In this article, we will learn in-depth about the double-entry system, including its definition, examples, features, benefits or advantages, limitations or disadvantages, and much more.
What is the Double Entry System?
The best method of accounting in the current competitive world is the Double Entry System. It is known as a scientific and complete accounting system.
The double entry system is a system by which each transaction is measured in terms of money and expressed as a dual entity.
As well as the evolution of human civilization, Accounting has evolved. In ancient times, people used to keep their own accounts, but there have been many changes and developments in trade and trade over time, as well as many changes in the accounting method.
Especially during the industrial revolution, a period of change in the widespread expansion of business and in the process of production and distribution.
And this massive change led to the need for accountability in a scientific and acceptable way, and thus Luca Pacioli, the famous Italian mathematician, wrote in 1494 his famous book “Summa de Arithmetica, Geometria, Proportioniet Proportionlita” (“Collected Knowledge of Arithmetic, Geometry, Proportion, and Proportionality”).
Within his book, he described the ideal and proper reporting method for financial transactions, called the Double Entry System. And gradually, it has become the cornerstone of accounting.
The double-entry system is an accounting system where one party provides the benefit and the other party receives the benefit of each transaction. According to this method, there have been two or more accounts in each transaction. These accounts are written to the dual entity system. One is Debit and another is Credit.
According to this system, the total amount of the debit is always equal to the total amount of the credit.
What is The Examples of Double Entry System?
The examples of double-entry systems are as follows:
Paid cash $3,000 to Mr. Jack. If this transaction is recorded in the double-entry system, it will be as follows:
|Mr. Jack A/c—Dr.||$3,000|
What are the 6 Important Features or Principles of the Double Entry System?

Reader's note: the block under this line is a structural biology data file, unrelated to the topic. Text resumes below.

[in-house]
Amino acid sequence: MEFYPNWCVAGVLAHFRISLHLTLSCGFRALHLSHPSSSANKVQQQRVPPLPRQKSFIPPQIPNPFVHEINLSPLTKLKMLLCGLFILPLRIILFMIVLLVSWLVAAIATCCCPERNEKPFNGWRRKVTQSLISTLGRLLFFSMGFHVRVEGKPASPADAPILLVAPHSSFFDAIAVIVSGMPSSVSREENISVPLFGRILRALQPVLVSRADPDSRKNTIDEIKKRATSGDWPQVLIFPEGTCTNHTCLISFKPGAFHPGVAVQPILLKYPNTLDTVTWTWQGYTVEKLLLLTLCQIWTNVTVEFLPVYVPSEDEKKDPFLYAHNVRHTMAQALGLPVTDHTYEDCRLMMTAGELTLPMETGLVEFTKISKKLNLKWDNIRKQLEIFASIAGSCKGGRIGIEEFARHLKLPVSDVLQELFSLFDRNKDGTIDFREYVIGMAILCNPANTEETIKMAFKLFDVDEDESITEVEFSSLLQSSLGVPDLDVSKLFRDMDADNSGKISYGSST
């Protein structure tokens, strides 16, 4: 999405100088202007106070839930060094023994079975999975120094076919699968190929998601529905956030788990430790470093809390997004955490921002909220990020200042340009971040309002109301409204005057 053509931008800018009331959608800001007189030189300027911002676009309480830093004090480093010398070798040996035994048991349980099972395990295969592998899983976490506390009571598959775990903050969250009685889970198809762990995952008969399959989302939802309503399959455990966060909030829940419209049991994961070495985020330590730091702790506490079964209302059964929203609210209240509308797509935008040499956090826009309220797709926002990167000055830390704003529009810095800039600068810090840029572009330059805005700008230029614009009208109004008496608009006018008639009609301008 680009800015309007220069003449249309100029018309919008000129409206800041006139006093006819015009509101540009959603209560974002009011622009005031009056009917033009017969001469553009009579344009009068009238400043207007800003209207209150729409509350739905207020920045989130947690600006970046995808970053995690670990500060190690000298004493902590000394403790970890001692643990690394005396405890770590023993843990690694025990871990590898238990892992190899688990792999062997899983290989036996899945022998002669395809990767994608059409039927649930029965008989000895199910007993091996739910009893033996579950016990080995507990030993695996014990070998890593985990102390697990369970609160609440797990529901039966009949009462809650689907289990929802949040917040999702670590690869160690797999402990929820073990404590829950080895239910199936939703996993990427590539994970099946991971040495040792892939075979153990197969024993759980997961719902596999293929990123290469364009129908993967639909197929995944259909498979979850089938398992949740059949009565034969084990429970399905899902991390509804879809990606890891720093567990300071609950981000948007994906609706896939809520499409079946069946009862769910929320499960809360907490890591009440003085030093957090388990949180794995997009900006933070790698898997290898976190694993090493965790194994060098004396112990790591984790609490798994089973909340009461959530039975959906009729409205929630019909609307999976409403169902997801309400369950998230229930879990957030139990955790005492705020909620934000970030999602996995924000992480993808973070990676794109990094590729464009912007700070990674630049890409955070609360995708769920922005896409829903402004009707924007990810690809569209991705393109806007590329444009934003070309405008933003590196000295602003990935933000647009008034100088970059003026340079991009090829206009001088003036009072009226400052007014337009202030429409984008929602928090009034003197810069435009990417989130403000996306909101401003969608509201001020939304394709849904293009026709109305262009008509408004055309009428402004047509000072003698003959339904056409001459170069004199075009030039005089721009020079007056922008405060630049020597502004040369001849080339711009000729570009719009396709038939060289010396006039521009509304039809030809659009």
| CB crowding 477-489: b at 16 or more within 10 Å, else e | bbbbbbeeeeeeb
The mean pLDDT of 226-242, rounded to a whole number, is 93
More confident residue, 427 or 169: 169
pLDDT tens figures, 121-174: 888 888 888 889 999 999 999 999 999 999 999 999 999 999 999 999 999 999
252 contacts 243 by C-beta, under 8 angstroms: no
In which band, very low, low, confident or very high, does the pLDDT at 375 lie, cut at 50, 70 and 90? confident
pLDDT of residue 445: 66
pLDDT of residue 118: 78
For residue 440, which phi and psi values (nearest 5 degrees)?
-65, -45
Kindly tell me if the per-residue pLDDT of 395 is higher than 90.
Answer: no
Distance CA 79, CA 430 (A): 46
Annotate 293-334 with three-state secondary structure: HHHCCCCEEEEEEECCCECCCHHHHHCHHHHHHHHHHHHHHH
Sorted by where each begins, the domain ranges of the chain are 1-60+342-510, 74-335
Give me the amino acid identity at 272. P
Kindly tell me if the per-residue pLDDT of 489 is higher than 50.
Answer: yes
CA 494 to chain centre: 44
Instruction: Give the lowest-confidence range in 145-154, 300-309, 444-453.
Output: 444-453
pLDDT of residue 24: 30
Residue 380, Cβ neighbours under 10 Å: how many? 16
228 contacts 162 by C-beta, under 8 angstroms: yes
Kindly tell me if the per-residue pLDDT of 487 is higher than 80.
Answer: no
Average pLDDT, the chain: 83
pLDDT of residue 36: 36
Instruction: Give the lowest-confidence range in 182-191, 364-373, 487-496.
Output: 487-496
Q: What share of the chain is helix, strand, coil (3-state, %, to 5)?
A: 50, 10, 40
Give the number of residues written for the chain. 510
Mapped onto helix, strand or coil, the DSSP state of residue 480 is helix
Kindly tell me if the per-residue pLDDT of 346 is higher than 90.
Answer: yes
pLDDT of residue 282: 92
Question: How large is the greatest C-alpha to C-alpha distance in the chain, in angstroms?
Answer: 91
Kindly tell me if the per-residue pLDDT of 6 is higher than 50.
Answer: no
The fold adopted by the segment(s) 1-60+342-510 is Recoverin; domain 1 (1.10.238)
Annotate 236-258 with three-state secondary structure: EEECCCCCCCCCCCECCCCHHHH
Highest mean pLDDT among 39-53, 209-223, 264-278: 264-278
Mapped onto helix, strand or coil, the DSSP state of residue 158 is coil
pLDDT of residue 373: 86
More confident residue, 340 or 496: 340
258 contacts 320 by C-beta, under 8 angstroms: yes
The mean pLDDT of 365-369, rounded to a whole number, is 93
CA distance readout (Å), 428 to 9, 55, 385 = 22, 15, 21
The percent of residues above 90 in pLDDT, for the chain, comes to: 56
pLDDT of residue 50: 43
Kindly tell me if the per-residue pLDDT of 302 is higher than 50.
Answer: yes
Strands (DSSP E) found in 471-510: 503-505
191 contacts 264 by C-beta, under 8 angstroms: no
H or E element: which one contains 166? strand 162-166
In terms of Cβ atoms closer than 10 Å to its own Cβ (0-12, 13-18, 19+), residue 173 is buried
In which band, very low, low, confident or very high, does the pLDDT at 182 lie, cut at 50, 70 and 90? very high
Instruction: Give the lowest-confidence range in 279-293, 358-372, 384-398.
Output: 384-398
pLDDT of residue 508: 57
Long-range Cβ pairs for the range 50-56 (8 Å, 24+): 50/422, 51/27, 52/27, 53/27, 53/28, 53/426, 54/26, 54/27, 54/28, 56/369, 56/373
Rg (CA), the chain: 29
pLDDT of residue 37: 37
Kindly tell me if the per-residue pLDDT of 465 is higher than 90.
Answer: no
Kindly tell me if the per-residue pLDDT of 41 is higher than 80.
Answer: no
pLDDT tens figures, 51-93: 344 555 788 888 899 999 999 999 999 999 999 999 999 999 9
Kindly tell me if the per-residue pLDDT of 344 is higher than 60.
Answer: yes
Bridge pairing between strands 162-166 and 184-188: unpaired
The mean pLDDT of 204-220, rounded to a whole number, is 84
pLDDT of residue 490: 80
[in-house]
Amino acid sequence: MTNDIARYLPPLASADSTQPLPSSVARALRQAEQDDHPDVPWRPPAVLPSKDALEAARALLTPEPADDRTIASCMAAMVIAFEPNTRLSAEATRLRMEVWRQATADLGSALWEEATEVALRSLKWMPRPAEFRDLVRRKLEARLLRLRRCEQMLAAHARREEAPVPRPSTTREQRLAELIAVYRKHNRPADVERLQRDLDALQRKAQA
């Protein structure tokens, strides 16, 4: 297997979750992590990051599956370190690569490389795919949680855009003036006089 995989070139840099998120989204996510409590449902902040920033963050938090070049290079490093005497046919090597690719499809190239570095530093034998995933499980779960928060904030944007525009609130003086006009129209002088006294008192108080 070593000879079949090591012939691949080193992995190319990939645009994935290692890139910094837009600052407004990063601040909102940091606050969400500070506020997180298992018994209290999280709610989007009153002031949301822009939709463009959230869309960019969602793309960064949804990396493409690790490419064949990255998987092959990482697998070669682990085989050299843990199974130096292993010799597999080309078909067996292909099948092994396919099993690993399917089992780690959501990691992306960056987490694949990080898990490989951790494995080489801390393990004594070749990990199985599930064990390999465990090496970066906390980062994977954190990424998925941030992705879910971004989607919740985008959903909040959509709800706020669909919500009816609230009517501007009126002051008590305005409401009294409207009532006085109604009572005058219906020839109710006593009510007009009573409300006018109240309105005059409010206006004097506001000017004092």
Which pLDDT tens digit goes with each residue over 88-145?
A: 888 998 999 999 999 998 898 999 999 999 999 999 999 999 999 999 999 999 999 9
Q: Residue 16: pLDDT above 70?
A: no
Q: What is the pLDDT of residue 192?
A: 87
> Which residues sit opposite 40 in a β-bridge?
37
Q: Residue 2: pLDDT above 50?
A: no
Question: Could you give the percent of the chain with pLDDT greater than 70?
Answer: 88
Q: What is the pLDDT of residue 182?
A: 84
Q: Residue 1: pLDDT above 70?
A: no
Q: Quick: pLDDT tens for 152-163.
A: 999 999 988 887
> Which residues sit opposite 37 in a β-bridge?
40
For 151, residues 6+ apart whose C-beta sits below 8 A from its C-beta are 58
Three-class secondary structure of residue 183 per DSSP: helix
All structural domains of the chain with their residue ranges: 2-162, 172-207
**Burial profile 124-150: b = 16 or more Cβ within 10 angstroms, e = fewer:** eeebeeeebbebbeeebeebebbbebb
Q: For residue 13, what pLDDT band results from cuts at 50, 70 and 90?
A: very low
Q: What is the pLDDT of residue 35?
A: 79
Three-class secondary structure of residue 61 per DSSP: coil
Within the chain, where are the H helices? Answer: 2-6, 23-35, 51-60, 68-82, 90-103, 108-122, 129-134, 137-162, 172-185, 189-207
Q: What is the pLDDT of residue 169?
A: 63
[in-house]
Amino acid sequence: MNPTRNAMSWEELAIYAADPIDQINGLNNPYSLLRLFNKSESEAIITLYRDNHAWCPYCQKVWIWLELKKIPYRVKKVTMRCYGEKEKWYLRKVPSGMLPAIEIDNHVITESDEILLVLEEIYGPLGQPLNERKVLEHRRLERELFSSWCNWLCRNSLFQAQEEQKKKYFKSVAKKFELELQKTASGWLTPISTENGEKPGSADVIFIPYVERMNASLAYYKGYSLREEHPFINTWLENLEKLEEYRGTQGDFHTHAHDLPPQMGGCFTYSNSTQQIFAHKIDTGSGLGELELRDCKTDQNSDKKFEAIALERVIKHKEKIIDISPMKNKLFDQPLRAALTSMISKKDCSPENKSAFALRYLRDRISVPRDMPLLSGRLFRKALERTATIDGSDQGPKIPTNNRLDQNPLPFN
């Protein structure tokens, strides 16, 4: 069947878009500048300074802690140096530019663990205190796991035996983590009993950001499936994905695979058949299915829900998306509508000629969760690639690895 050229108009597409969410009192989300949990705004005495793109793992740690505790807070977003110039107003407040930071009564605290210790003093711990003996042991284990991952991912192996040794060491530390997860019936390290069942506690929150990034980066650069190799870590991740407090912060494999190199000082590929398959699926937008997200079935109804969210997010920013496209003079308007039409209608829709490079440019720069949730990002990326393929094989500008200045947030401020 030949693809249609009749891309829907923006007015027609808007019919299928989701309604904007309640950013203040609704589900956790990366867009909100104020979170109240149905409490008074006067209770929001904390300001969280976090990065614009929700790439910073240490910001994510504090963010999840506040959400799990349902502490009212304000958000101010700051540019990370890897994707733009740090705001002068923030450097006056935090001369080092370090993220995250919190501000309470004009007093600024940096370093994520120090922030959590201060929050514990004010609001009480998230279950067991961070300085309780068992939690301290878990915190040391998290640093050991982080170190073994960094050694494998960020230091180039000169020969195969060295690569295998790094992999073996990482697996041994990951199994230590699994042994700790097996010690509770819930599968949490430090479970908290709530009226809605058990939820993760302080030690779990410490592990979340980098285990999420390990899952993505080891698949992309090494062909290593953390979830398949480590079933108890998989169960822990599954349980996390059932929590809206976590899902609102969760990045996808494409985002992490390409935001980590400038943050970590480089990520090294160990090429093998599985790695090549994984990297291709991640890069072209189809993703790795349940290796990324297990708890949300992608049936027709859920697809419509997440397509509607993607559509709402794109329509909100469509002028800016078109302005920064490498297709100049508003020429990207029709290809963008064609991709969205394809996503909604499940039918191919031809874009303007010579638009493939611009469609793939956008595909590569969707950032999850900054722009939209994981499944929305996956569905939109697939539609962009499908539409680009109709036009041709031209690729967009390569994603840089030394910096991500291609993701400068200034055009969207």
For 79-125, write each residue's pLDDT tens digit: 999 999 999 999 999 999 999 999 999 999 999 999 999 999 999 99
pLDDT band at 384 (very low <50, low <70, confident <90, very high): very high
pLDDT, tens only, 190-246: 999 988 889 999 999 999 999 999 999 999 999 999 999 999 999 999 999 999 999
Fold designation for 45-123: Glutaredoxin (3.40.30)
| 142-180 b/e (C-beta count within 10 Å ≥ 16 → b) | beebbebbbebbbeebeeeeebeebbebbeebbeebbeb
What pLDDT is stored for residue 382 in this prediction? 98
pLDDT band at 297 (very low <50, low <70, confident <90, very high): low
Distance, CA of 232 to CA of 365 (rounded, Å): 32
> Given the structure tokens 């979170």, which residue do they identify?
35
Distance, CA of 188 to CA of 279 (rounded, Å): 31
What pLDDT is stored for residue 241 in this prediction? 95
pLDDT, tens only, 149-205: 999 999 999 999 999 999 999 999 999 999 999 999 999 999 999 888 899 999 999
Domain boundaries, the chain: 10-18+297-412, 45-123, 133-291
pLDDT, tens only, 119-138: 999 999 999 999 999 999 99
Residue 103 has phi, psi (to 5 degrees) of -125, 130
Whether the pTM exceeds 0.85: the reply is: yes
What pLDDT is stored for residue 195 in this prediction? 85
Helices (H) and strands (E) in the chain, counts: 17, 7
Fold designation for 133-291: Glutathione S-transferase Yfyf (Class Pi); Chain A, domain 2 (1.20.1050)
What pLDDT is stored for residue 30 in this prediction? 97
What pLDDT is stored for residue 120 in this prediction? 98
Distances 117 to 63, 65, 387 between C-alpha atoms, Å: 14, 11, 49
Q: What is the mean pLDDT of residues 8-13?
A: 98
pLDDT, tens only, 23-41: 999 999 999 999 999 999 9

The double-entry system is a modern and scientific accounting system. It is better than any other system of accounting.
The 6 important features or principles of this system are as follows:
- An important feature of this system is that each transaction has two sides-one is debit and the other is credit.
- There are one giver and one receiver in every transaction.
- The sum of the debit and the credit in each transaction is always equal.
- Each transaction is stored separately according to its classification, as it is stored in a double-entry system, which gives accurate results.
- It is a scientific method.
- Owners and companies are considered to be two separate artificial entities in the dual-entry system.
You can also read: Short Questions and Answers-Double Entry System
What are the 13 Important Advantages or Benefits of a Double Entry System?
It has undergone major changes in accounting. Since the invention of this method, accounting has been quite easy to manage and self-contained.
As a part of accounting, this system provides many benefits. The 13 important benefits or advantages of this system are as follows:
- It is a complete account of any transaction.
- The mathematical accuracy of the accounts can be verified by recording transactions.
- Determine the Profit and loss of a business organization easily.
- It provides accurate information on the actual financial condition of the business organization, such as income, expenditure, assets, and liabilities.
- It’s easy to get a sense of debt settlement.
- Accounting errors and frauds can be easily prevented.
- It serves as a formula for future planning.
- The management of the account in this manner is easily recognized globally.
- Control the additional costs of the organization
- Determine the price of the product.
- The organization can properly analyze its data and thus increase profits by recording transactions in this system.
- Determine the amount of VAT and income tax at the time of sales.
- This system is suitable for every small and large organization.
You can also read 3 Golden Rules of Accounting
What are the 6 Important Limitations or Disadvantages of Double Entry System?
Apart from the benefits of this system, there are some demerits or limitations, the nature of accounting in today’s competitive world has many complex shapes, and in some cases, there are difficulties in its implementation and circulation.